Ian Penman: “Don’t Do That On Stage Anymore”

Did Mr Penman get it right back in 1995, when FZ’s back catalog was being re-issued by Ryko? Let’s have a look…

For the pop life of me, I cannot see why anyone past the age of 17 would want to listen to Frank Zappa again, never mind revere him as a deep and important artist, never mind worship at the tottering edifice of his recollected, remastered and repackaged works. Surely the only pertinent use for Zappa was as an interim stage for young lads ‹ scared witless by what they suddenly perceive as the transience or hollowness of popular culture ‹ for whom Zappa represents a gi-normous prefab sneer of self-importance behind which they can shelter for a while. (And, lest we forget: in the pre-Viz, pre-Mayall and Edmondson 1970s, he was the only legitimate supplier of fart and bum and willy jokes).

I beg, as they say, to differ.

41 Responses to “Ian Penman: “Don’t Do That On Stage Anymore””

  1. Sharleena says:

    Between one solitary song by Brian Wilson or the entire Zappa back catalogue I’d choose the latter if I were stuck on the proverbial desert island.

  2. disciple of "Bob" says:

    Oh, look. It’s a journalist in love with the smell of his own farts, devoting pages and pages and pages to the majesty of his opinion.

    As someone once said, nobody has ever built a monument to a critic.

  3. urbangraffito says:

    from Ian Penman:

    “The only way Zappa could ever wow anyone, finally, was through quantity not quality. He was a jack-off of all trades, and master of none.”

    Shit. This fucker doesn’t even make an attempt at objectivity. He just uses every negative aspect of Zappa’s music, lyrics, and catalogue and life as an excuse to piss on everything Zappa. I knew their was a very good reason I never read the Wire or Rolling Stone. Pompous asses that they are…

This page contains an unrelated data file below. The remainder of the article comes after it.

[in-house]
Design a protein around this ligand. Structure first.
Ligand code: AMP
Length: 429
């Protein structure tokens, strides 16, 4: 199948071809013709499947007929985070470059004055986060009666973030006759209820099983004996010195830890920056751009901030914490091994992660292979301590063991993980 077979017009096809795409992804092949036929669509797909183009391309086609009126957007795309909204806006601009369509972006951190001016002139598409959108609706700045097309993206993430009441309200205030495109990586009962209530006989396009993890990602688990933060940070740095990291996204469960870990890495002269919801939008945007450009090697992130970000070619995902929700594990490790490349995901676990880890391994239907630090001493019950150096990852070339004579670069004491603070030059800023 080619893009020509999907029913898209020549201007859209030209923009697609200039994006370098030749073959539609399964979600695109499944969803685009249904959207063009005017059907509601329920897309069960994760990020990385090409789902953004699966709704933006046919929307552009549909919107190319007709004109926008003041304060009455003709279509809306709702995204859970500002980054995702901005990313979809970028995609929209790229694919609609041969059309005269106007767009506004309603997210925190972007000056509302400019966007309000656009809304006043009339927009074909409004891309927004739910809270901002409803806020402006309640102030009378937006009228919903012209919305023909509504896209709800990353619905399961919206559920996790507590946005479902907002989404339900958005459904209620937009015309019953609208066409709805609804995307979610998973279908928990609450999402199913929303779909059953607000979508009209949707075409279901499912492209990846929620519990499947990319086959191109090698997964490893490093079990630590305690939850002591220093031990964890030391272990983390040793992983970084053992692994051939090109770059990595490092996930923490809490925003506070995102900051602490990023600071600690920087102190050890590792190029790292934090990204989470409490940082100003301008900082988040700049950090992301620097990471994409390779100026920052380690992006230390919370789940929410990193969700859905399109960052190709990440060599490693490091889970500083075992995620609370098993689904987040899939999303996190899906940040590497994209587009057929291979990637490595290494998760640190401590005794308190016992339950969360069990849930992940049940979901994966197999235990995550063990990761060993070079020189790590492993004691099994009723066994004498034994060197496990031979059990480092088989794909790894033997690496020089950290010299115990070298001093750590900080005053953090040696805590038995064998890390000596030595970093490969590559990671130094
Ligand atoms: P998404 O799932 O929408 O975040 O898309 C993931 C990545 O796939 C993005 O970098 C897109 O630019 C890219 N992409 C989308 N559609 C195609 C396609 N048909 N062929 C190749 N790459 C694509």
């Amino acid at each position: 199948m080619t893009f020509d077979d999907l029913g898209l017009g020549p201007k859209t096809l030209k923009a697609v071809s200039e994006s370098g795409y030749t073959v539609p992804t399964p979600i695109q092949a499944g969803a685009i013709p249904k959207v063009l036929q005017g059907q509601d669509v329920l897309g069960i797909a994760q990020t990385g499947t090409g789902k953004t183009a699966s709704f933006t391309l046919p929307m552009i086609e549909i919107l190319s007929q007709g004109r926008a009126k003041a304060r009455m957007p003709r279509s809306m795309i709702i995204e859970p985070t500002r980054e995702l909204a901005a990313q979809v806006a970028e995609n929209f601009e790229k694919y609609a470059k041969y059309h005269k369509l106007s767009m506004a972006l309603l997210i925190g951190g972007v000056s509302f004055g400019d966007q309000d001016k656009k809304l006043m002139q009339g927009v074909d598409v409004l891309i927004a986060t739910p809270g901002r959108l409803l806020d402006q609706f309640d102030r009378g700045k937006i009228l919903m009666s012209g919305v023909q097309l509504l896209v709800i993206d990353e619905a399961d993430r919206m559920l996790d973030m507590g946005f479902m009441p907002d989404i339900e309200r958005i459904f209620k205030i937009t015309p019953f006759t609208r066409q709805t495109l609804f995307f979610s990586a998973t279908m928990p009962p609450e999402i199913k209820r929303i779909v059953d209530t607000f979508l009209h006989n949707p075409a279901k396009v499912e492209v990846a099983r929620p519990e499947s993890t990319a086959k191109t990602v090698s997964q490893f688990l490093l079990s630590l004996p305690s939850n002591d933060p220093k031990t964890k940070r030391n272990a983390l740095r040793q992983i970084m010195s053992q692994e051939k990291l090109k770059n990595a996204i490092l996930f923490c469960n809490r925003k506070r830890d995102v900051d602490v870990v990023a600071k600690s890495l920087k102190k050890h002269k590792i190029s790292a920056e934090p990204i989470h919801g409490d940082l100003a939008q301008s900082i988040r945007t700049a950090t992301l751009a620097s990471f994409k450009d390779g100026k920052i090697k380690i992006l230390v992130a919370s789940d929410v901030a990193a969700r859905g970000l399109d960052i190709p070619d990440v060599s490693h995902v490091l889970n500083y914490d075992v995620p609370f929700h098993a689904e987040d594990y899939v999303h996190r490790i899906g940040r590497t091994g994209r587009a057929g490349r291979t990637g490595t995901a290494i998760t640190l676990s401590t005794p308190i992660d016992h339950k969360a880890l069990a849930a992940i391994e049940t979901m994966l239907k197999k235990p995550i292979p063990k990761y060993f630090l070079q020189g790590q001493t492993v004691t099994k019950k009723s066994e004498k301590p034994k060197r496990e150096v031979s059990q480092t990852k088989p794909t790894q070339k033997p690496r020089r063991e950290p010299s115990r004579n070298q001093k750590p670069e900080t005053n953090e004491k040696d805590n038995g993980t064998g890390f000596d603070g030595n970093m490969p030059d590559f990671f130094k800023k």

4. clarkgwent says:

    Buried in this piece are not a few valid opinions about FZ, but by and large Penman negates these by commiting exactly the sin of “blanket cynicism” that he accusues Zappa of.

    But what else to expect from The Wire? That dismal magazine is so stuffy and humorless that I find myself struggling to read an interview with an artist I like eg Robert Wyatt. Anyone taking music less than seriously is immediately disparaged, and they don’t seem to even know the meaning of the word “satire”. I daresay even their positive FZ reviews fail to mention that aspect of his work.

  5. Grimpo says:

    lets not ask Pierre Boulez or Nicolas Slominisky what they think. What compositions dis this “Ian Penman” write?

  6. Tjodolf says:

    It’s English humour; it’s hard to detect as such because English humour isn’t funny, nor is it meant to be. I don’t know if Ian Penman likes Frank Zappa or not; this rambling nonsense isn’t intended to express an opinion either way. It’s an English thing – if you don’t understand, good for you.

  7. clarkgwent says:

    Yeah!! I’m Welsh and I live next door to the English and I don’t grok this “humor”:- what chance the greater universe?

  8. Andrew Bean says:

    Penman used to write for the NME in the early-mid 80s, and was intensely annoying then too….more concerned with impenetrable & self-obsessed cultural commentary than music journalism. At least the above is relatively intelligible…ill-informed nonsense though it be….

  9. Fabienne Shine says:

    Warren said it best … “They don’t realise that there’s notes involved”

  10. gooey miles says:

    Why give this ahole any ink…….what music did he release?

  11. DAVE says:

    Another case of a music writer unwillingly letting us know in capital letters that the problem with music journalism is the fact that most of these guys/gals *believe* what they read in the media. Theses fools buy the hype! I thought they would be the first to know that it’s ALL about PR. But in my first-hand experience (I run a label), music journalists obviously don’t know how the music industry works. And anyone who thinks he can make a line in the sand that divides what is a genius and breakthrough with a 2 page article is an idiot. It’s impossible to resume such complex things so simply and with assurance. You have to wait a hundred years at least!

    It’s obvious that Ian Penman is a very self-conscious man who trained his brain to make sure that *music* that does not fit some checklists of ‘arbitrary things’ remains incompatible with the thing he used to listen to during adolescence to impress his mates. It’s certainly more complex than that, but it did scar him for life, like many people who are into music journalism and music geekery.